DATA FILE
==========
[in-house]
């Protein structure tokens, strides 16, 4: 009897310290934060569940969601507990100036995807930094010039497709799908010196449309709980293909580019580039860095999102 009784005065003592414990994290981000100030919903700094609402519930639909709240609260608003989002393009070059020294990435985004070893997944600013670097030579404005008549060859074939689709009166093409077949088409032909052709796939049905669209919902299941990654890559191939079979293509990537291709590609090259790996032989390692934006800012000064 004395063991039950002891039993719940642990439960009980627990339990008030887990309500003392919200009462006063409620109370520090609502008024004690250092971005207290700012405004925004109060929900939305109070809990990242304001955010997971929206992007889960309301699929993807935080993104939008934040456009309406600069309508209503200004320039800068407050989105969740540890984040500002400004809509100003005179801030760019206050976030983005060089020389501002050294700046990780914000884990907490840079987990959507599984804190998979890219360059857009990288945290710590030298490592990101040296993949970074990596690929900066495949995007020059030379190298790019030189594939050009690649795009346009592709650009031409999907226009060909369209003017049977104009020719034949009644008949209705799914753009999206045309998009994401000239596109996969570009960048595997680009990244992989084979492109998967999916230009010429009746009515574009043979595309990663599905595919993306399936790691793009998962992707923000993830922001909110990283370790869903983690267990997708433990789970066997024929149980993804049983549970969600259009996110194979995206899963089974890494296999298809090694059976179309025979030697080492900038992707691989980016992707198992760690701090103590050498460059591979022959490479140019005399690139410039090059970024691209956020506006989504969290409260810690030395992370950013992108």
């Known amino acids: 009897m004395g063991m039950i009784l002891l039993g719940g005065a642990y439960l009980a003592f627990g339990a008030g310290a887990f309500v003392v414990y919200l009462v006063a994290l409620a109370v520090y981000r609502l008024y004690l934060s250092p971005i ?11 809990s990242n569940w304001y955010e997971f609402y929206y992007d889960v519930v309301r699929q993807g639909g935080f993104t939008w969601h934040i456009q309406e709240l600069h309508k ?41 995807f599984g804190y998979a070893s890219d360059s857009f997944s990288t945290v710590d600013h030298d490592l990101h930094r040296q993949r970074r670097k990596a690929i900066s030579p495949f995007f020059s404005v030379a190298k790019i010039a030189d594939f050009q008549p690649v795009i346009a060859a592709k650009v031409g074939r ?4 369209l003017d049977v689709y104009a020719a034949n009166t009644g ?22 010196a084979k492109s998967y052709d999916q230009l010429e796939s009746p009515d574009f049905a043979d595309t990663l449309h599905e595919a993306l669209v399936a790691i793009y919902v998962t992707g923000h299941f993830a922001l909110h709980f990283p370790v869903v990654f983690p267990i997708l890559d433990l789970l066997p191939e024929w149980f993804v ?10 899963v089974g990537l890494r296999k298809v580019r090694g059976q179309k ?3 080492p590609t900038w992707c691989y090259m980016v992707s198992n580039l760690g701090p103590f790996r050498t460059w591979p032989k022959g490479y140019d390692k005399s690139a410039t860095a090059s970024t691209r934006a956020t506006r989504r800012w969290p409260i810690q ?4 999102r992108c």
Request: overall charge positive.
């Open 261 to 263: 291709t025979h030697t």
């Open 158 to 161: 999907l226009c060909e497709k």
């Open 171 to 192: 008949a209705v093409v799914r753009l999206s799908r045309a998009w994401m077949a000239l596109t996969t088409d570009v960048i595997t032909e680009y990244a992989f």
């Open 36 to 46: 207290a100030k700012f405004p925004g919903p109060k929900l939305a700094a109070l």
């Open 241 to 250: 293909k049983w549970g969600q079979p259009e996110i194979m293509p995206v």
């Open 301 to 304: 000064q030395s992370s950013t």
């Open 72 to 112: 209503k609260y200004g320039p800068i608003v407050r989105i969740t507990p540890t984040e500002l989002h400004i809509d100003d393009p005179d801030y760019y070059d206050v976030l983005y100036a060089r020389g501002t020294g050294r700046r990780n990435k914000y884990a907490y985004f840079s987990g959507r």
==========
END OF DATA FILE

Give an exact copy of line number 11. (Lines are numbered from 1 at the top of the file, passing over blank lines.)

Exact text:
């Open 72 to 112: 209503k609260y200004g320039p800068i608003v407050r989105i969740t507990p540890t984040e500002l989002h400004i809509d100003d393009p005179d801030y760019y070059d206050v976030l983005y100036a060089r020389g501002t020294g050294r700046r990780n990435k914000y884990a907490y985004f840079s987990g959507r």